If you think walking and biking in Miami is risky, dangerous, and perhaps even a bit of a suicide mission…then you can probably imagine what it would be like to navigate our nightmarish streets with a baby in a stroller in tow. Oh!, you exclaim, certainly our famously rude drivers would change their nutty ways at the sight of a cute little one peeping out of it’s carriage, right? Sure, they may not stop for a regular annoying pedestrian who is waiting to cross a “STOP for pedestrians – It’s the Law” intersection … but they must stop for a baby!
Well, in short: Nope. After having high hopes for my pedestrian future with a newborn, picturing polite drivers waving me across the street, I have had a rude awakening that stroller or not…to Miami drivers, I’m still just an annoying pedestrian not really worth stopping or even slowing down for. It’s become a nearly perverse enjoyment for me to stare down drivers at a marked intersection, looking right into their faces, brandishing the baby in front of me as if to say – what’s it going to be? Your car, or our lives? Who has the stronger will, who will give up first? Will you stop, or will I step out of your way to let you speed by on your extremely important mission to reach the next (red) stoplight 1 block down the road?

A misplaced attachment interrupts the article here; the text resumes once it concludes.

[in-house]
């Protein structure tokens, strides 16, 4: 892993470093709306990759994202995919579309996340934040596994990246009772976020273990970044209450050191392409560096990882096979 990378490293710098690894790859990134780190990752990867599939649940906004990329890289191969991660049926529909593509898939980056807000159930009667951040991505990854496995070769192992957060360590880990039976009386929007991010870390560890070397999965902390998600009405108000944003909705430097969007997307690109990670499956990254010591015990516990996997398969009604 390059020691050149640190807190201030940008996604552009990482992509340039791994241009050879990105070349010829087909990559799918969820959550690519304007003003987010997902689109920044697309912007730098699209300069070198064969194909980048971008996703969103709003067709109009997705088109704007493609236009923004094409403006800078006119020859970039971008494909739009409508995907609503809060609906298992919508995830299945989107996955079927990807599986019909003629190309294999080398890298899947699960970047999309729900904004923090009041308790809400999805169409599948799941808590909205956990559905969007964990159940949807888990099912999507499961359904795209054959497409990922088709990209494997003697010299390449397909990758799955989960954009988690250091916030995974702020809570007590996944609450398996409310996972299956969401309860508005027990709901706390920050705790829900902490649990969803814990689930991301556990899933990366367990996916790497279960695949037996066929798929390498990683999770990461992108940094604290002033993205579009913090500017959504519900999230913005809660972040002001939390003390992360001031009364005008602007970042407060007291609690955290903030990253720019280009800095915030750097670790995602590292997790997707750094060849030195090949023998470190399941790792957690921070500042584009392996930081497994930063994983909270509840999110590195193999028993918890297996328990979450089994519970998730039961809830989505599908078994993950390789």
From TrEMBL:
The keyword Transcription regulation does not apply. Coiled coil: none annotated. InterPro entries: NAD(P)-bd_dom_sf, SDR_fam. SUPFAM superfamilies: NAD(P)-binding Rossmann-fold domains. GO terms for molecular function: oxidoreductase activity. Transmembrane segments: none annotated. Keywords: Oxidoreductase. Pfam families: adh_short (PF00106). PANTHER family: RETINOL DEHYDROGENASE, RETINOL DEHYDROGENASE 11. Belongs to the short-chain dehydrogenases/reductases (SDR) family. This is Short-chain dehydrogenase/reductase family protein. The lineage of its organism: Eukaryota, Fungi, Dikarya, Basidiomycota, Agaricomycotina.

Unfortunately, it’s not just Miami’s drivers who make walking with a stroller a bit of a risky proposition in this town. Check out this sidewalk on Venetian Causeway, and answer me this question: in which side do you pass with a stroller? (Hint: there is no correct answer. There is no way to pass with a stroller here as the sidewalk is too narrow at all openings).
Let’s say you somehow manage to navigate past this obstacle and made it onto Venetian Causeway. Here is the next nerve-tingling adventure awaiting you on the bridge. Please have a look at this sidewalk.
Now, you better focus! Because just 1 little step in the wrong direction…perhaps during a moment of sightseeing while a mega luxury yacht cruises by…and your stroller is off of that tiny little sidewalk, on the road, which is very heavily traveled by cars flying by at high speed…not a nice thought at all! Oh, and if some unlucky other mom wants to pass you by here with her stroller? Let’s just say that is Mission Impossible Miami style.